postnatal pelvic floor fitness

I sometimes describe pregnancy exercise to clients as training for their Olympic event. Because that’s kind of what it is- a life changing event where huge physiological changes occur in a woman’s body.

So we prepare for it. My clients stay as mobile, fit and strong as they can. We work on opening the pelvis for labour, on keeping the pelvic floor strong but not tight- we need it to relax and stretch for baby, and on making sure mum is in the best position she can be to recover afterwards.

 

But as with any sporting event, injuries occur.

 

And who do you see when you get an injury? Back pain, tennis elbow, knee pain? A physio, right? Or at least I hope you do- masking the symptoms with painkillers won’t do much good long term!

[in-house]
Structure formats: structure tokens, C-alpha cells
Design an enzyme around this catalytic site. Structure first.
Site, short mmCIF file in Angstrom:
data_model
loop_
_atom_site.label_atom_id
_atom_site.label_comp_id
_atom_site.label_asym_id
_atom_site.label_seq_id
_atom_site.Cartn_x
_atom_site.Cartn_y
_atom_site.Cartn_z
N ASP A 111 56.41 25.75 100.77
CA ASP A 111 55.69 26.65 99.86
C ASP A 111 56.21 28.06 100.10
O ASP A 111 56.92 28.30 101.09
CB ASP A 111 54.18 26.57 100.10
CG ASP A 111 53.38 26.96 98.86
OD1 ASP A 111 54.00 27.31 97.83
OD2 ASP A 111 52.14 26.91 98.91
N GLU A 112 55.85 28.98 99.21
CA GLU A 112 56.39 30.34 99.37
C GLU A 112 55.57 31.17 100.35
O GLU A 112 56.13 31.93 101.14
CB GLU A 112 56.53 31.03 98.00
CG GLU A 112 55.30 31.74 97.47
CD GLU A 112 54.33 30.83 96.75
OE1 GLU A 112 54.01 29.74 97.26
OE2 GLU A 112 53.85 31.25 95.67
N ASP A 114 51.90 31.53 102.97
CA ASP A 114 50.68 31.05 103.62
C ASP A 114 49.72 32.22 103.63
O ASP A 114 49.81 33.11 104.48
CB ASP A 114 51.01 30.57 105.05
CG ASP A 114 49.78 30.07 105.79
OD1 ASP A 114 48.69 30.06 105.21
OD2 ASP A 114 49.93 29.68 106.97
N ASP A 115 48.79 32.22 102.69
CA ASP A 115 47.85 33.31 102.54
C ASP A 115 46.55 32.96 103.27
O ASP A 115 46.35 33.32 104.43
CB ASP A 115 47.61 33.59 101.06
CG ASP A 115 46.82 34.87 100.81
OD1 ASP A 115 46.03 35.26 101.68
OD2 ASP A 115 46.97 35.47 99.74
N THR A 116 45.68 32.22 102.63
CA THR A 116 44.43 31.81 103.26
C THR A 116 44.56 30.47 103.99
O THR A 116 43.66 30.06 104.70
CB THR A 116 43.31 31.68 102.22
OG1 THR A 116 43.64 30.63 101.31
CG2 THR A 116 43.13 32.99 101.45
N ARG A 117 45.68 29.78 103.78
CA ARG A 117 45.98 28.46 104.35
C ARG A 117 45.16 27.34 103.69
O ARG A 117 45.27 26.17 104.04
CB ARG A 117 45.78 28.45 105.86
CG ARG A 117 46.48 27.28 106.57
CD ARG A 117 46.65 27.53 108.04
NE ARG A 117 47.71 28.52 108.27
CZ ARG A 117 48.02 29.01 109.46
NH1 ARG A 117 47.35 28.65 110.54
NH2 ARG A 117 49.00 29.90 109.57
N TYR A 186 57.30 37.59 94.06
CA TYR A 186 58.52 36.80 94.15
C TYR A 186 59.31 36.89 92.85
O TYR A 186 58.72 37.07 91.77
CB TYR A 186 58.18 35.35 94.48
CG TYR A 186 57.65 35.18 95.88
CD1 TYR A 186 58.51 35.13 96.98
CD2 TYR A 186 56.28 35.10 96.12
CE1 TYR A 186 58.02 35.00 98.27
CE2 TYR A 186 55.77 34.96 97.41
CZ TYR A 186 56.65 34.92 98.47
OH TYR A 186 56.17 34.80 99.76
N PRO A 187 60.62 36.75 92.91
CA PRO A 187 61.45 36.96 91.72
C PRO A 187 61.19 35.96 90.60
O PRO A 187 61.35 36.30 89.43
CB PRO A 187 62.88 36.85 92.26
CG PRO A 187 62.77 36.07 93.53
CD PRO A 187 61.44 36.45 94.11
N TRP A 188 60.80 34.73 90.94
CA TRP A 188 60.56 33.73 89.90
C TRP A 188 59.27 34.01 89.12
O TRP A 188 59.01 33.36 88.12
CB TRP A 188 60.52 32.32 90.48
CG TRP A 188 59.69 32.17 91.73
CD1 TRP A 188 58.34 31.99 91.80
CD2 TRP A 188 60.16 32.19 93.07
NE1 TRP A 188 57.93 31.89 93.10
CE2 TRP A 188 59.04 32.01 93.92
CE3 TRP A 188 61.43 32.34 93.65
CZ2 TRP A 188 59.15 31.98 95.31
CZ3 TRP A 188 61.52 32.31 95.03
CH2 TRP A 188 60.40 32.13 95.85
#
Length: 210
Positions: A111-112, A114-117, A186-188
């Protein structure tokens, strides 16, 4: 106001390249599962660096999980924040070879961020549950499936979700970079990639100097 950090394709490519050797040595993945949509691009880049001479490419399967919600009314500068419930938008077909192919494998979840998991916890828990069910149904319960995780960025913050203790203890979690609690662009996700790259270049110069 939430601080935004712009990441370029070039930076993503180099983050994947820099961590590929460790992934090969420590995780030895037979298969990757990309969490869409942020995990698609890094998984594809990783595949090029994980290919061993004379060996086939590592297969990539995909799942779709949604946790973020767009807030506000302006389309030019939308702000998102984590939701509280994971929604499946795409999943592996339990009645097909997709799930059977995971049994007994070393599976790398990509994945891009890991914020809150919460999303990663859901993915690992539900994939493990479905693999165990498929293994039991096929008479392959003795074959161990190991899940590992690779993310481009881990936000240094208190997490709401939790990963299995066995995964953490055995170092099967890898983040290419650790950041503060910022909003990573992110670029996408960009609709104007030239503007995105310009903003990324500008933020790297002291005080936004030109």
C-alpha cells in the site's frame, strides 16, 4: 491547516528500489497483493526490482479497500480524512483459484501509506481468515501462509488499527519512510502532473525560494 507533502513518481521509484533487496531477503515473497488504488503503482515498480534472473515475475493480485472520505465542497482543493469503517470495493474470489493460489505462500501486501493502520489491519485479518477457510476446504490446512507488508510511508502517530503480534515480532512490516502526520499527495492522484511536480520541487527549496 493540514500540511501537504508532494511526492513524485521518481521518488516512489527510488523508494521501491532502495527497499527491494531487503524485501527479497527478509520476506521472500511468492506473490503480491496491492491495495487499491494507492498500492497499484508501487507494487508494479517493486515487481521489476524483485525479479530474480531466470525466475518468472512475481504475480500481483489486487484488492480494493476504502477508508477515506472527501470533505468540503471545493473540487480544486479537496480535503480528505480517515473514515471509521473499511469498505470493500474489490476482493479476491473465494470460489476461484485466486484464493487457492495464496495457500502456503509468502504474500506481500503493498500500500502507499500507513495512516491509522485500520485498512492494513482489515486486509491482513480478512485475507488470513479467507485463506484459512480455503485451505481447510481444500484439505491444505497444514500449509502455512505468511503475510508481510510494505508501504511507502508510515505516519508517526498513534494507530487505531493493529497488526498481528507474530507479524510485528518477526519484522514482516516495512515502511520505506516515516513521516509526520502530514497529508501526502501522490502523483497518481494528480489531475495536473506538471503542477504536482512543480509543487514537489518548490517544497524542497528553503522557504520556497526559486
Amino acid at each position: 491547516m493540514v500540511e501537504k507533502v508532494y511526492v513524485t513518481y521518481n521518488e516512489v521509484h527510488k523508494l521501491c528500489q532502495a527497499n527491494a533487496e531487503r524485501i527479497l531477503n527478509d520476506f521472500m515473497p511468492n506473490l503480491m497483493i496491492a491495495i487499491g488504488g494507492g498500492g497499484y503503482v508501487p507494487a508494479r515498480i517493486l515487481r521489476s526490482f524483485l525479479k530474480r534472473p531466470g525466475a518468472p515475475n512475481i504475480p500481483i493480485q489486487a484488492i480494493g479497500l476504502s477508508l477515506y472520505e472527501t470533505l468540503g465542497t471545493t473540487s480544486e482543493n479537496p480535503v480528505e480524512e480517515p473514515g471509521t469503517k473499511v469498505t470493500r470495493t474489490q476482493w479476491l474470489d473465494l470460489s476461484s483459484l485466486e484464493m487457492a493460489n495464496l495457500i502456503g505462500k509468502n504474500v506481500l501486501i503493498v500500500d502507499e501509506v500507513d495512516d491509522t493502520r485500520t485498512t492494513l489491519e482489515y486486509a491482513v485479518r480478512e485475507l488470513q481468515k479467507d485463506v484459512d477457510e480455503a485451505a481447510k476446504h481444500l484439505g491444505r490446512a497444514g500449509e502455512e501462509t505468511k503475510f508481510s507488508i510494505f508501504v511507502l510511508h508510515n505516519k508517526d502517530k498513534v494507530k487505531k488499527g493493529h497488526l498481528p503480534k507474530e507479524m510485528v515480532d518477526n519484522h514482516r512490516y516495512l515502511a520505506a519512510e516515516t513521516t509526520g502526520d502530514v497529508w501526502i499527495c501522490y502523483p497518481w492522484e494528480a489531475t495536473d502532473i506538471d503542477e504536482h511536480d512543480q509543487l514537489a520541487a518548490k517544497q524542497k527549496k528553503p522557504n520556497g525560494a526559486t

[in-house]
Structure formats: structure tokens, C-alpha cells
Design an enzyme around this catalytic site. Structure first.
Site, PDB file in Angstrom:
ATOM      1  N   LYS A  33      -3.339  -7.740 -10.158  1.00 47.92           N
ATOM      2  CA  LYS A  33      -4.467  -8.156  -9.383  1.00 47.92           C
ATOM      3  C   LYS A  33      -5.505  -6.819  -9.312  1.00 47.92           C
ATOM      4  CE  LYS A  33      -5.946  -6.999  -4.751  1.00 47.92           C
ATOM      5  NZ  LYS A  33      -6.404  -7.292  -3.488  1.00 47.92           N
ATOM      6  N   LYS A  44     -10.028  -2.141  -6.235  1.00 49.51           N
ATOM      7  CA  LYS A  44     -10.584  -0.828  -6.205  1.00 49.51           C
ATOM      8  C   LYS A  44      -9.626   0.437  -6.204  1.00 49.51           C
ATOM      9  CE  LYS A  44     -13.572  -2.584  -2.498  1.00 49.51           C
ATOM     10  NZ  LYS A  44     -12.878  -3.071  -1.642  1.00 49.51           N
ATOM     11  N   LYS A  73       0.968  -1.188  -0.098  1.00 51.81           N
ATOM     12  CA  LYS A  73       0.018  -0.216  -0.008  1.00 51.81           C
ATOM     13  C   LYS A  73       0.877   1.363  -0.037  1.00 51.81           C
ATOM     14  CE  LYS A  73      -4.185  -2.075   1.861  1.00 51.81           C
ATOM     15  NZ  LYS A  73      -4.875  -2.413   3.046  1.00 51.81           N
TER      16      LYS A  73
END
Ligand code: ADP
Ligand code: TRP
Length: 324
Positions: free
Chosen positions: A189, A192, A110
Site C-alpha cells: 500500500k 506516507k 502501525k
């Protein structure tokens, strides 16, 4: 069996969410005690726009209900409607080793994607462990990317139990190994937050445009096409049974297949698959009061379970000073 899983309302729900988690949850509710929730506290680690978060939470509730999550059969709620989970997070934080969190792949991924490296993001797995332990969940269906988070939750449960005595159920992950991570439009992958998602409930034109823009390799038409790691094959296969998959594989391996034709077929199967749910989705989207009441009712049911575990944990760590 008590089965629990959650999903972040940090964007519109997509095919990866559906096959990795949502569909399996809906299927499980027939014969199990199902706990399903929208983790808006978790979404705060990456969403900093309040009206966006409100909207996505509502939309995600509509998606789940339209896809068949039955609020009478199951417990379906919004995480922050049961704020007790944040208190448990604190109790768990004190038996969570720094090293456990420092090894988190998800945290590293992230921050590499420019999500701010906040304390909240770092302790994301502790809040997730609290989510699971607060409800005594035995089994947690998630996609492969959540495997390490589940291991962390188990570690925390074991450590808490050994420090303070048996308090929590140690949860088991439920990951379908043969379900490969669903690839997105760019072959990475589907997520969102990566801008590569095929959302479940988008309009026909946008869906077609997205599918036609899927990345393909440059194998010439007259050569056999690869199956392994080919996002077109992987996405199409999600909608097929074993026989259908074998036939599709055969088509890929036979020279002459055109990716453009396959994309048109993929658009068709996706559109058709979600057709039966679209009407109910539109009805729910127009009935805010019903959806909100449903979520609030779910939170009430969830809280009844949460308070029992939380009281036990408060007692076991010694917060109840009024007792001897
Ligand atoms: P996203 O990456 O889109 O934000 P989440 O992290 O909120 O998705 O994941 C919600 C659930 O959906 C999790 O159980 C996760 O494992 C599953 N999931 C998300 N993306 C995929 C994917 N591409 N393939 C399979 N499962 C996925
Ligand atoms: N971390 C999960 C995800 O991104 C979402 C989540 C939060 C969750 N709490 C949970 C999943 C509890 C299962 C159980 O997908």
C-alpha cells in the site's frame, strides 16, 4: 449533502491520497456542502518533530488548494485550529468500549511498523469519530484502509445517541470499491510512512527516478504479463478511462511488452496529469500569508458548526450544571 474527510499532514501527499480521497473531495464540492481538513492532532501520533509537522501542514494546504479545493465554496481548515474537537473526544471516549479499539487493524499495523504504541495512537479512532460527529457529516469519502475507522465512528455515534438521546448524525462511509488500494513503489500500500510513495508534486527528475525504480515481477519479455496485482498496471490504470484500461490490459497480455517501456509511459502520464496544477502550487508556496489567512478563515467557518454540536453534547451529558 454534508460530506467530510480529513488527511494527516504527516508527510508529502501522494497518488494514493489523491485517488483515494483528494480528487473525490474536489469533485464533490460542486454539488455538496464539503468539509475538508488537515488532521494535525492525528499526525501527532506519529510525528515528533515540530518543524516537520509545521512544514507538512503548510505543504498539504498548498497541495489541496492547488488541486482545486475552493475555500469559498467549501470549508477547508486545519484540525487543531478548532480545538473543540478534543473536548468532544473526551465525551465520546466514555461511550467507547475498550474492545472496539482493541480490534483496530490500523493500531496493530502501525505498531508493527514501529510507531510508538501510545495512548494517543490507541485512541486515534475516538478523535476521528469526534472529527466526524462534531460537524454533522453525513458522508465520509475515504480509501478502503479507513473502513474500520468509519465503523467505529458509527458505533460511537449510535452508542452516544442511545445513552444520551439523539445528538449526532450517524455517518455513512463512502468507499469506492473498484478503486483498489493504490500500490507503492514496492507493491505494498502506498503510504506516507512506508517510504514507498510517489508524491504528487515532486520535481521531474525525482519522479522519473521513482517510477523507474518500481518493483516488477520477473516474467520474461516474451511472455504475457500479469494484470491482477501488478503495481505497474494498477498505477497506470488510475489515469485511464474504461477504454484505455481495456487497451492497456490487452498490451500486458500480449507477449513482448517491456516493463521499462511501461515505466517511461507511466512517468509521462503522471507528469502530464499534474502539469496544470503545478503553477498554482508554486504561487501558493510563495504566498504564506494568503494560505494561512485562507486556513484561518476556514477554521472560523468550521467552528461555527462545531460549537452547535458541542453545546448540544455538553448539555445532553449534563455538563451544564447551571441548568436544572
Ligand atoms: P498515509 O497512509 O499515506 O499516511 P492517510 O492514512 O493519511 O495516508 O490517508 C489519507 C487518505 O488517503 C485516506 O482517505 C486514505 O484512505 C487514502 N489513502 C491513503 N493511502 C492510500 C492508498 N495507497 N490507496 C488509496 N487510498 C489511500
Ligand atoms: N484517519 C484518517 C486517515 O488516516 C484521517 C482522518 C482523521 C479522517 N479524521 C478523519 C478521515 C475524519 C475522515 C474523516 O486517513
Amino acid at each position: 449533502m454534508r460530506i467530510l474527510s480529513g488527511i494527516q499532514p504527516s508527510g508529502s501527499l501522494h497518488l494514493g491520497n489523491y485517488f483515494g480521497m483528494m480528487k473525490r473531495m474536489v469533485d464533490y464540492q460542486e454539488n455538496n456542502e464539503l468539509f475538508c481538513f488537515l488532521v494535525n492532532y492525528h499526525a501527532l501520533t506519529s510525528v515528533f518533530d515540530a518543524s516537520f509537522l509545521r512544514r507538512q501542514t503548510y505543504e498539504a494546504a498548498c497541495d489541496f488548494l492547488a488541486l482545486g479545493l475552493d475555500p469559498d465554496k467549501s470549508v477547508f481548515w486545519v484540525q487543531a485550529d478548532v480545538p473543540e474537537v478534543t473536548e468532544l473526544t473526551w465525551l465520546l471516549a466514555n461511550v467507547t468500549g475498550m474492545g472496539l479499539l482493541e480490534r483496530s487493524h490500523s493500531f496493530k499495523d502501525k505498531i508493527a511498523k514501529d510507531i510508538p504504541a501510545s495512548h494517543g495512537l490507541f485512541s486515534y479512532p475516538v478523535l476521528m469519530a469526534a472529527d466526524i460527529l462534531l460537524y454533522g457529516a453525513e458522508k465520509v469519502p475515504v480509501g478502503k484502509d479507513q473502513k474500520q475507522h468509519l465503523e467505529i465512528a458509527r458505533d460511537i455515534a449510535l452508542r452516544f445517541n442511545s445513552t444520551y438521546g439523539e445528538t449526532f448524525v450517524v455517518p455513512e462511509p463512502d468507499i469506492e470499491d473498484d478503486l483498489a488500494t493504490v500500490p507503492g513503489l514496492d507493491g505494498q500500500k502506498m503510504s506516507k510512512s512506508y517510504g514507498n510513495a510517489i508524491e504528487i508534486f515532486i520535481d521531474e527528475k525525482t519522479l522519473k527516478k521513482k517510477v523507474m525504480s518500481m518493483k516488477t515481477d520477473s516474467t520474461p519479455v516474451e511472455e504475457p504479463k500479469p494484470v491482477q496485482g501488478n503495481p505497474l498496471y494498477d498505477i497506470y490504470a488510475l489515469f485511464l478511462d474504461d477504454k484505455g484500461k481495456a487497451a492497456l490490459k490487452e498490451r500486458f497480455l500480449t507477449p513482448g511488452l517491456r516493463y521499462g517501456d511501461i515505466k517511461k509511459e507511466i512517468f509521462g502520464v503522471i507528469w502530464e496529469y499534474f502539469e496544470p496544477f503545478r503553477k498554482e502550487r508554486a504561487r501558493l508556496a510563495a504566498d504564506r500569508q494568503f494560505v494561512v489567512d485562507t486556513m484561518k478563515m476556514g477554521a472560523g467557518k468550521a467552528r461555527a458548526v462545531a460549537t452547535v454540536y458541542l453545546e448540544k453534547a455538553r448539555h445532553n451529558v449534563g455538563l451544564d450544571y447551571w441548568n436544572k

And the particular physio you need in this case is called a Women’s Health Physio. Some women will  see one in hospital, for example after a bad perineal tear. But most of us don’t. We should, but we don’t.

Giving birth is probably the only physical trauma that we don’t get help for!

 

It can be major surgery to abdominal wall that interferes with the core and whole body function, a cut or tear to perineum; it’s pushing a baby through your vagina!

How many times have you heard women complain “I’ve had pain around my pelvis/ incontinence since giving birth…” YEARS later?

Because there are ‘injuries’ from giving birth that we simply don’t recognise as such. Incontinence for example. Common but NOT normal, we treat the symptoms with pads, instead of the cause.

And the best way to determine the cause is to see a WH Physio, because it isn’t necessarily a weak pelvic floor.